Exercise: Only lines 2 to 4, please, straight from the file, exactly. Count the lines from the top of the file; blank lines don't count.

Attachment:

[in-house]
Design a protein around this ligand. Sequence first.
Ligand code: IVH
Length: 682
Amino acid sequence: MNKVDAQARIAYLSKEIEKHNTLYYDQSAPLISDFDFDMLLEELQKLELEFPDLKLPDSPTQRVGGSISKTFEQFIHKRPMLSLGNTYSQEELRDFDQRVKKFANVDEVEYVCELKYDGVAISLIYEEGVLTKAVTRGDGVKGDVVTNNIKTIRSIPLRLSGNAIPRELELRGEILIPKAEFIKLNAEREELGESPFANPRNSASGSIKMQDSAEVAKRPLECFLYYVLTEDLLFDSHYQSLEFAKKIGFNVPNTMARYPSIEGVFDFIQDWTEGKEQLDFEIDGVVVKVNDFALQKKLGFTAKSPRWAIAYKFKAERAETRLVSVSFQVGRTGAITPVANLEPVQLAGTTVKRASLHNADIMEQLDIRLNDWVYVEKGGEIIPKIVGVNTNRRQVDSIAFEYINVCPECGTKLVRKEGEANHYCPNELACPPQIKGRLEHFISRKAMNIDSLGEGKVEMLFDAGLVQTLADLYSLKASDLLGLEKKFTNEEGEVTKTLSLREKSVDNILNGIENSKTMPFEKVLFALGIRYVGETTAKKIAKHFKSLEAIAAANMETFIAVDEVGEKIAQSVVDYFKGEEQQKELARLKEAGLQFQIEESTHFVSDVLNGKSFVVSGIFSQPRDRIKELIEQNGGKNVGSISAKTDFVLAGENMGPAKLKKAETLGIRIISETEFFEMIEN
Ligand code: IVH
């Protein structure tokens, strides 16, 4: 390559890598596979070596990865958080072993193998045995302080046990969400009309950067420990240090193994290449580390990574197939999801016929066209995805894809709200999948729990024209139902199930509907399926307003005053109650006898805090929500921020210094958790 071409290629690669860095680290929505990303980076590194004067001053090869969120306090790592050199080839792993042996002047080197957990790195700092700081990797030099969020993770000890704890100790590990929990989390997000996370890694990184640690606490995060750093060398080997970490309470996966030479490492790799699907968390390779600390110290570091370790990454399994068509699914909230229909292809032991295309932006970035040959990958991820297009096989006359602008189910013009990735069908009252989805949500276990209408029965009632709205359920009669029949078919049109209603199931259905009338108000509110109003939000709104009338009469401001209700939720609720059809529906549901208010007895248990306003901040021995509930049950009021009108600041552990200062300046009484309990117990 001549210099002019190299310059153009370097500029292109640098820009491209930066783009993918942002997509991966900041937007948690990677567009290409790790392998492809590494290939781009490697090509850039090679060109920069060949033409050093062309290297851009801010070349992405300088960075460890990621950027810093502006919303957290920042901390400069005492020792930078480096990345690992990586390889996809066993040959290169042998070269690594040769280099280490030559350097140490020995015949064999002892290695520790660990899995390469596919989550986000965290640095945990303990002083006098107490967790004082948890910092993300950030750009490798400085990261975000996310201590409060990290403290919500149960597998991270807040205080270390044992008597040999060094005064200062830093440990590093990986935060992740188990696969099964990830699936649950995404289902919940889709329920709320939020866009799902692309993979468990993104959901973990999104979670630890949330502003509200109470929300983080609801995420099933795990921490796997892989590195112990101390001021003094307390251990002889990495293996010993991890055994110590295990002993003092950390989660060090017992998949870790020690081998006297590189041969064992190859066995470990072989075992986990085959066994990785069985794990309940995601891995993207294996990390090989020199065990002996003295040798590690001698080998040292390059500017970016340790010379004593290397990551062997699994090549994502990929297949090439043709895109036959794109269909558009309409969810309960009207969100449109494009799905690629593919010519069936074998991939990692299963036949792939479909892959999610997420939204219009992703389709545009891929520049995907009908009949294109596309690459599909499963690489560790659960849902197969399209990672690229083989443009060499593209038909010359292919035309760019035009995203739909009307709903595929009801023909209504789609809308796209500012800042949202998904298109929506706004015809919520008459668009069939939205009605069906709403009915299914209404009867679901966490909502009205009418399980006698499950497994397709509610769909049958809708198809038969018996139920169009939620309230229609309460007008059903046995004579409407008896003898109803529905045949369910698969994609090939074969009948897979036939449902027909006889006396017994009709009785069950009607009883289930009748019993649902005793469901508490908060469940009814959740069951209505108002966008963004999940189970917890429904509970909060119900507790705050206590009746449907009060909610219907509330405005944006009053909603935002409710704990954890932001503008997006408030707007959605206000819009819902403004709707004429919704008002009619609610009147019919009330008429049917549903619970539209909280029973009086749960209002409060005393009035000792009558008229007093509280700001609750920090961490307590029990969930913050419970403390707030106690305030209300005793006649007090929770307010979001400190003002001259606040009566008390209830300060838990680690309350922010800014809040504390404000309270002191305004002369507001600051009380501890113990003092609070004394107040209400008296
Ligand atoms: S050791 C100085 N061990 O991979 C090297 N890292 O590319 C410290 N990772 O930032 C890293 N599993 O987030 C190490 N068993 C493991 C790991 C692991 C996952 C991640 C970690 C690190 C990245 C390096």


Design a protein around this ligand. Sequence first.
Ligand code: IVH
Length: 682